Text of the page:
Normally the real bootloader (also called third stage bootloader) provides some basic console to interact with the user via serial terminal or screen (in case of devices that have one) and, additionally, more advance script capabilities and fallback boot (if the bootloader not found kernel or some others parts, this may try to boot from network or secondary devices like usb or SD card)

If the bootloader found the kernel, the devicetree (or a kernel with bundled devicetree), try to load all in RAM, link the devicetree to kernel (passing the address of this in a special register of the processor) and execute the kernel.

After the kernel

At this point, the kernel is loaded in RAM and all of the hardware is ready to operate with it (at least the main memory and processor clock). Now, the kernel init find in devicetree the drivers of the hardware and try to load and initialize them. If some driver fails to load (or is not compiled into the kernel), ignore it and process with the next entry.

When all drivers are initialized, the kernel tries to mount the root filesystem. The root filesystem is the place to find the ‘/’ directory and all other directories, files and other filesystems are attached to it. 

The root filesystem needs to be located in an accessible device (interface initialized with functional driver, by example, SDCard, eMMC or PCIe NVMe) and contained in a known filesystem format (format with driver installed in the kernel and accessible at the moment of the load and compatible with linux requirements)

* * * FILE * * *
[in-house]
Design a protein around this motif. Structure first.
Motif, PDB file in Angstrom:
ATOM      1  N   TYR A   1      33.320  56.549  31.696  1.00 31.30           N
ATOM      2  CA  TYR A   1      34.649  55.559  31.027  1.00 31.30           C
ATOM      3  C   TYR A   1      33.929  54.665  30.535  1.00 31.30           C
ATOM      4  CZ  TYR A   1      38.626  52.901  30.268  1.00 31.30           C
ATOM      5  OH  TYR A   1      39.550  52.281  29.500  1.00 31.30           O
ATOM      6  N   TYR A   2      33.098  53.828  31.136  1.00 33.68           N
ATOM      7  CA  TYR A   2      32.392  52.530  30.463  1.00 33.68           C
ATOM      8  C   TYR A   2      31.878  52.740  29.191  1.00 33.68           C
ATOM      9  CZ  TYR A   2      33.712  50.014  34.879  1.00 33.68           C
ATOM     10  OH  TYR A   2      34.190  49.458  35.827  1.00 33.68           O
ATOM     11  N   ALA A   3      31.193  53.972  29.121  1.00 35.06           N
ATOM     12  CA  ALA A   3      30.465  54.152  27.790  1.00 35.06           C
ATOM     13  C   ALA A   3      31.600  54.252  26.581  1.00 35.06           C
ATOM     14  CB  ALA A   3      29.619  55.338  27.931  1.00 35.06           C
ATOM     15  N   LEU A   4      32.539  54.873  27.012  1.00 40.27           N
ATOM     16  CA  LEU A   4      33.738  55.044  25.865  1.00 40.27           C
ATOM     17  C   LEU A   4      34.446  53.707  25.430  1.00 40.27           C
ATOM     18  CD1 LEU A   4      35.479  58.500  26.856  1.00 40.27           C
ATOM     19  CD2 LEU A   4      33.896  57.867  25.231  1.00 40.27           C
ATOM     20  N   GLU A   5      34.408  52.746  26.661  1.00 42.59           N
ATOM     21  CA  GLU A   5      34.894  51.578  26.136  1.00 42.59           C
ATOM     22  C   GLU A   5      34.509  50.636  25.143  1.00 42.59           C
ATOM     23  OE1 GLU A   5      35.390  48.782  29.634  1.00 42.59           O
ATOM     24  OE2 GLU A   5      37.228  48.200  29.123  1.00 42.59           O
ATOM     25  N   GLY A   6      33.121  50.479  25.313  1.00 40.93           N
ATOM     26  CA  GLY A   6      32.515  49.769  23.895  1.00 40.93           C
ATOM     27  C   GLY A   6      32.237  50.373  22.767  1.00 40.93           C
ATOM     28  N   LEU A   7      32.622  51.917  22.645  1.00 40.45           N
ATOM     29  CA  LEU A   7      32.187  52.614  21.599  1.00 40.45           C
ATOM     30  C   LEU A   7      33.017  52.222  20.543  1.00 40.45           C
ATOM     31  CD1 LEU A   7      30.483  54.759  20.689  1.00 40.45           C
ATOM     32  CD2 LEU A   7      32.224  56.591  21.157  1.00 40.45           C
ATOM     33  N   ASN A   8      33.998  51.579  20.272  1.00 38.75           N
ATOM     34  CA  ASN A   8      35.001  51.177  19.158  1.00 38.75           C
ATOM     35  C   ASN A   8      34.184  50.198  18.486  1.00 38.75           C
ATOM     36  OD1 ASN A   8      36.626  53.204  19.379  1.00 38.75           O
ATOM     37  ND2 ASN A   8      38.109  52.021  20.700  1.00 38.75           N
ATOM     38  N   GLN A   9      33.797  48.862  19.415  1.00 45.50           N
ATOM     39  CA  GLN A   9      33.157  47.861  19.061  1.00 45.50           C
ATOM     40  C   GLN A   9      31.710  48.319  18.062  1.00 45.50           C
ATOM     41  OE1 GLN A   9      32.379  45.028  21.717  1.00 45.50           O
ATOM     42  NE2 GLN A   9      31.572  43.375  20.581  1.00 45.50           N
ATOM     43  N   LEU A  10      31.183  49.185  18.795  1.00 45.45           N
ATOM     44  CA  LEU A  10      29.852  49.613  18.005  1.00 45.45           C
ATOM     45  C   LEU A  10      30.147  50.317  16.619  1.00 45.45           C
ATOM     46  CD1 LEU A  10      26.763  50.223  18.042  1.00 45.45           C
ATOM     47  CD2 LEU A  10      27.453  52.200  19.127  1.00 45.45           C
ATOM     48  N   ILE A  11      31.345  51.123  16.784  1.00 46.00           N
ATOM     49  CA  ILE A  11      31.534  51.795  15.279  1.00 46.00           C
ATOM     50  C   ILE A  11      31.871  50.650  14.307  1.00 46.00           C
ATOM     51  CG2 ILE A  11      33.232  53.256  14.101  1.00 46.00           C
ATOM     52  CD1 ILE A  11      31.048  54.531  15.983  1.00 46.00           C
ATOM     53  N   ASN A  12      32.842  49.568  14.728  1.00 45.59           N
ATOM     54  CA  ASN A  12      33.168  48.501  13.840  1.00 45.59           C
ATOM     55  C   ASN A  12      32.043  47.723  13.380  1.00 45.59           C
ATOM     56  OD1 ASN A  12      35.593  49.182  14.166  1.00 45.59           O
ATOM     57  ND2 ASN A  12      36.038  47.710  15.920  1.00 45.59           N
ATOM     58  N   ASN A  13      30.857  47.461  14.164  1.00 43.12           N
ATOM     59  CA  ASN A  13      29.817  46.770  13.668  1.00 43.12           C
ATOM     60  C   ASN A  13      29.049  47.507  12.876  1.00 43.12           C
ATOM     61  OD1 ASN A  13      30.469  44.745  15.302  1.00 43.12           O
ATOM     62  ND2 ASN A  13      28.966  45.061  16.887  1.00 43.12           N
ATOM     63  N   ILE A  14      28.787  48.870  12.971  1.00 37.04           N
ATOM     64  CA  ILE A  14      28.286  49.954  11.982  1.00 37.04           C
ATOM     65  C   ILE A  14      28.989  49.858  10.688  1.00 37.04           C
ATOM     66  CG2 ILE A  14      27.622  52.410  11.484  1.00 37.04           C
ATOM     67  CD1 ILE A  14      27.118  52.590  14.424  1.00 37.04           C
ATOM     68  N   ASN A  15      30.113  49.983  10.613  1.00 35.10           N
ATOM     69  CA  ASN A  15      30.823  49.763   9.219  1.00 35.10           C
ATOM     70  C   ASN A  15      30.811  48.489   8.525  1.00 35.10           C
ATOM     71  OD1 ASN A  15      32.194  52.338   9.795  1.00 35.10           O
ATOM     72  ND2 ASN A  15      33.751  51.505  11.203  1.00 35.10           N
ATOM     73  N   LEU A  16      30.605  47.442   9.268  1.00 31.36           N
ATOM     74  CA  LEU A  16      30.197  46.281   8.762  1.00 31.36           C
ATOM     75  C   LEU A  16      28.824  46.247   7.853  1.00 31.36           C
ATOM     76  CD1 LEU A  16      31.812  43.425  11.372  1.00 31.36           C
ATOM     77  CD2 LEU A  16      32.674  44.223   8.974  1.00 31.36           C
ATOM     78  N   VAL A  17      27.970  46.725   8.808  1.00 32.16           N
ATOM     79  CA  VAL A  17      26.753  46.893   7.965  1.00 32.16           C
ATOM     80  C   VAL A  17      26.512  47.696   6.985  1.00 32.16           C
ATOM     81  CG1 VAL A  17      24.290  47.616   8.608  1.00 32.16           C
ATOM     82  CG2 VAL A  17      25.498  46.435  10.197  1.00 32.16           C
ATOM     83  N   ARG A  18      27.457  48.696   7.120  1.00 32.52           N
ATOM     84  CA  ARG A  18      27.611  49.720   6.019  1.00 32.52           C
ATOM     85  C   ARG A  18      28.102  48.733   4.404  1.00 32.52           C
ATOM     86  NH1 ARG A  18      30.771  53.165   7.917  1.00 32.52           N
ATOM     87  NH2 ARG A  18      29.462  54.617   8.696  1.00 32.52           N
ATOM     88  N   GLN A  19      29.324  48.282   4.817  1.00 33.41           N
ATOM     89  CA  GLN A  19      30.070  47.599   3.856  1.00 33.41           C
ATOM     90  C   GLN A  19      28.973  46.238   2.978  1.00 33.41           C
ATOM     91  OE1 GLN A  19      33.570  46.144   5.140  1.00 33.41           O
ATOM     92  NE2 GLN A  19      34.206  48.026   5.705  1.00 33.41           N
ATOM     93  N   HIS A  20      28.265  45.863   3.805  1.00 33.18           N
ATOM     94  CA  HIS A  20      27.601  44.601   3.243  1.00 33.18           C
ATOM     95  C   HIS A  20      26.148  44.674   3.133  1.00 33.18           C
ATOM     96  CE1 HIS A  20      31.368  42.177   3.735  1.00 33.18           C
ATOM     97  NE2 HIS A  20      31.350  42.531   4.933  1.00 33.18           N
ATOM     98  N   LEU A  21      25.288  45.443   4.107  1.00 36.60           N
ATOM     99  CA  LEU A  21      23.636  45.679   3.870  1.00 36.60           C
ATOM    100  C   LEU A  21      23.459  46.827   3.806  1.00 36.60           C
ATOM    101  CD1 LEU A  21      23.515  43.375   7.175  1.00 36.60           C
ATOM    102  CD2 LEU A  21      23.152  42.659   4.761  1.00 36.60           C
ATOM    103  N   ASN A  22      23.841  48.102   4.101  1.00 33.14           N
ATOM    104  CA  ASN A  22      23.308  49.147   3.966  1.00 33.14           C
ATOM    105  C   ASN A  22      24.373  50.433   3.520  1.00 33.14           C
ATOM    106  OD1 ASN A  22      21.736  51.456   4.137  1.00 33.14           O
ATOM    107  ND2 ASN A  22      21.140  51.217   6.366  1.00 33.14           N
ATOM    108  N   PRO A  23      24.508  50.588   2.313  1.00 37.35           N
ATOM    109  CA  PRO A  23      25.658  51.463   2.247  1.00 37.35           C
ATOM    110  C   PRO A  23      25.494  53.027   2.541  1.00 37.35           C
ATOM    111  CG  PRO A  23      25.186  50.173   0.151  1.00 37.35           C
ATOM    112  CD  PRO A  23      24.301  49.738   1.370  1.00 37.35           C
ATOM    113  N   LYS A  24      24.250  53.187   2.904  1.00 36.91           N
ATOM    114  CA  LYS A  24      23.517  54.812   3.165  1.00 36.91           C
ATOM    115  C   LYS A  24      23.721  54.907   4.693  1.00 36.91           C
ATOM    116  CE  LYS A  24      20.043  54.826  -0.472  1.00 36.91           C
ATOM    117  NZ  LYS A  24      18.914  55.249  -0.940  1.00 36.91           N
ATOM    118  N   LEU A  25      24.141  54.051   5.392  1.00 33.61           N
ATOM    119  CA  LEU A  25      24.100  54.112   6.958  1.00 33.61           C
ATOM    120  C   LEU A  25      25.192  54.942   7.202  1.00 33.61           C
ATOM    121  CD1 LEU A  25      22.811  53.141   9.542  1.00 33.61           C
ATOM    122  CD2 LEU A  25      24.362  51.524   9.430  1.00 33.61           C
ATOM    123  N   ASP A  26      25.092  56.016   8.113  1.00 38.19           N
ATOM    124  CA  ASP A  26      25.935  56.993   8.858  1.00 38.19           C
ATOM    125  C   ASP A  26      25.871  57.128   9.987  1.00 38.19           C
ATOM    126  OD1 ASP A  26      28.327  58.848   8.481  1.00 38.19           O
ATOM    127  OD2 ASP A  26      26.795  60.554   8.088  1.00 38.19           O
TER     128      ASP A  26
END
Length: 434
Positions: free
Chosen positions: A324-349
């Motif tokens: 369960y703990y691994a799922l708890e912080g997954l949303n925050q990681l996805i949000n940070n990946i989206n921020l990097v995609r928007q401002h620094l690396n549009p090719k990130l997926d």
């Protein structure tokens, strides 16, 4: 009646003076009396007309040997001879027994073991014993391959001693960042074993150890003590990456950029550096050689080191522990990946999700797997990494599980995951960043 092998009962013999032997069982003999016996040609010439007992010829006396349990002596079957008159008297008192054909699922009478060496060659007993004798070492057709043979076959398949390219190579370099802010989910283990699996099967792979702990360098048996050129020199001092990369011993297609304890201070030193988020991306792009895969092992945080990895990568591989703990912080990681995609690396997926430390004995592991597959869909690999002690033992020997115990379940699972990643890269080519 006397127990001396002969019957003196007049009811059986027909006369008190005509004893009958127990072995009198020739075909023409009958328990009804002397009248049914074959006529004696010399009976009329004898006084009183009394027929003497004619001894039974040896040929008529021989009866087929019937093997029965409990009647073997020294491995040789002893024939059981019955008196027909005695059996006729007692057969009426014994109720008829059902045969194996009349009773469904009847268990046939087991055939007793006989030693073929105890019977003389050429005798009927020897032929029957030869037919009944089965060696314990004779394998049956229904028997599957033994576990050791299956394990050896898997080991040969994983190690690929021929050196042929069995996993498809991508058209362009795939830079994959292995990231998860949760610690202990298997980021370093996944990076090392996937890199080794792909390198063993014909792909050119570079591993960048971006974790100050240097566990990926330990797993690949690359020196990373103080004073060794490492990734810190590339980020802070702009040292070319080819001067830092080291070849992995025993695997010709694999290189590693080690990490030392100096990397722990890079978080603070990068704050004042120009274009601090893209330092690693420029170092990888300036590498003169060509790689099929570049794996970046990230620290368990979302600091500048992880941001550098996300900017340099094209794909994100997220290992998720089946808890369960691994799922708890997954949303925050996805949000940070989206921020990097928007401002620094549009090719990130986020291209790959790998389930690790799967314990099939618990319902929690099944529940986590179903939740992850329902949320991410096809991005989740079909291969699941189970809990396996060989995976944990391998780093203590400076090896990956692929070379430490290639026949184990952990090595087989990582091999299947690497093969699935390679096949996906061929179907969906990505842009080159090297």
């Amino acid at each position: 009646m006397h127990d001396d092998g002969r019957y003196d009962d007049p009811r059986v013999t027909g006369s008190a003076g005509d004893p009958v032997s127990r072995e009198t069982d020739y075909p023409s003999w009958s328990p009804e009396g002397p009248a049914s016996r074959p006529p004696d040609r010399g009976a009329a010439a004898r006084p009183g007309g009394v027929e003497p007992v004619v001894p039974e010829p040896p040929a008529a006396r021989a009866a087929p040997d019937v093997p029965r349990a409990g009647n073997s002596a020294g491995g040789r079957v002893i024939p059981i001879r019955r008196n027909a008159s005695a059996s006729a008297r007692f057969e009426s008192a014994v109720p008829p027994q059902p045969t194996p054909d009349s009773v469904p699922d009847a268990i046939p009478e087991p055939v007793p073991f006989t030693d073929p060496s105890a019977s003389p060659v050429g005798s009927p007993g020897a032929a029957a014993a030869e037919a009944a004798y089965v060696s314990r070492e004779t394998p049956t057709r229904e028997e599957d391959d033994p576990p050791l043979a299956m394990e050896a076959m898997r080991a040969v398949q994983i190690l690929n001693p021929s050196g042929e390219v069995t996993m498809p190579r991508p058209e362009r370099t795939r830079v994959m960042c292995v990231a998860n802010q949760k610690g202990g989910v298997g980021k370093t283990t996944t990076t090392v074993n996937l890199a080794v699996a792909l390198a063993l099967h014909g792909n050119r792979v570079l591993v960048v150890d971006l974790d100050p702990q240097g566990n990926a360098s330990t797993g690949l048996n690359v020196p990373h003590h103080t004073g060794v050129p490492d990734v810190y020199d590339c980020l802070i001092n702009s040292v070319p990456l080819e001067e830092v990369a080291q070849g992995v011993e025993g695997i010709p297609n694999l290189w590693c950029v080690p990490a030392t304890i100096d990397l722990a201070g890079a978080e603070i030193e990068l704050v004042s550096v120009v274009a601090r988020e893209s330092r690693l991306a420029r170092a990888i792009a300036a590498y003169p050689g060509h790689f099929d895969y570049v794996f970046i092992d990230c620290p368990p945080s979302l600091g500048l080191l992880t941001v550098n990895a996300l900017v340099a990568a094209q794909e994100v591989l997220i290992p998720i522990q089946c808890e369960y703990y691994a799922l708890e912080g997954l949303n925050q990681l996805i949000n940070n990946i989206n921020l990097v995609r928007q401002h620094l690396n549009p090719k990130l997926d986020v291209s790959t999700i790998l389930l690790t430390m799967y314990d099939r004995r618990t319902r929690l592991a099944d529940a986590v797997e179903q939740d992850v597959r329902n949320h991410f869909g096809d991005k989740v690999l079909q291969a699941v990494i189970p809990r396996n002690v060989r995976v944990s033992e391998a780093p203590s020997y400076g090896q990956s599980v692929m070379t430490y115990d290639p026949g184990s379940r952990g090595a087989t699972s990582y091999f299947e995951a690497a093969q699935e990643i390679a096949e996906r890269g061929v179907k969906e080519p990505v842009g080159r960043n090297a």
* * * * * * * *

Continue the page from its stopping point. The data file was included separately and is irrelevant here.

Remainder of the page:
The name and location of root filesystem is configured in devicetree or pass in the command line of the kernel (yes! the kernel accepts a command line from the bootloader) with rootfs=... parameter. By example, to boot a second partition in PCIe NVMe formatted in ext4 format the command line must be: rootfs=/dev/nvme0n2

If the root filesystem can not be mount, the kernel stall with a fatal message informing it and wait for reboot some time (normally 5 seconds or so on, but this behavior will be changed or disabled completely)

Due to these limitations (and the variability of the systems) many kernels attach a fallback root filesystem that is loaded in RAM by the bootloader beside the kernel and contain the minimum root filesystem to find the rest of the system. This is called initramfs and will be covered later. 

When the root filesystem is located and mounted, the kernel is ready to find the init program. This program is the first userspace program and is the root of other programs. If the “init” parameter is not specified in the command line, the kernel tries several names and locations until one is found and can be loaded and executed. In order: /sbin/init, /etc/init, /bin/init, /bin/sh.

If all of them fail, the kernel stalls with a panic message informing it and waits for several seconds for reboot.

At this point, the kernel leaves the control to the init process. Some simple linux systems use only a custom init process as the unique program in the system but others require more flexibility and use more complex init systems. This will be covered in the next article!

See you later!!!!

Martín Ribelotta

Embedded Linux Developer at Emtech S.A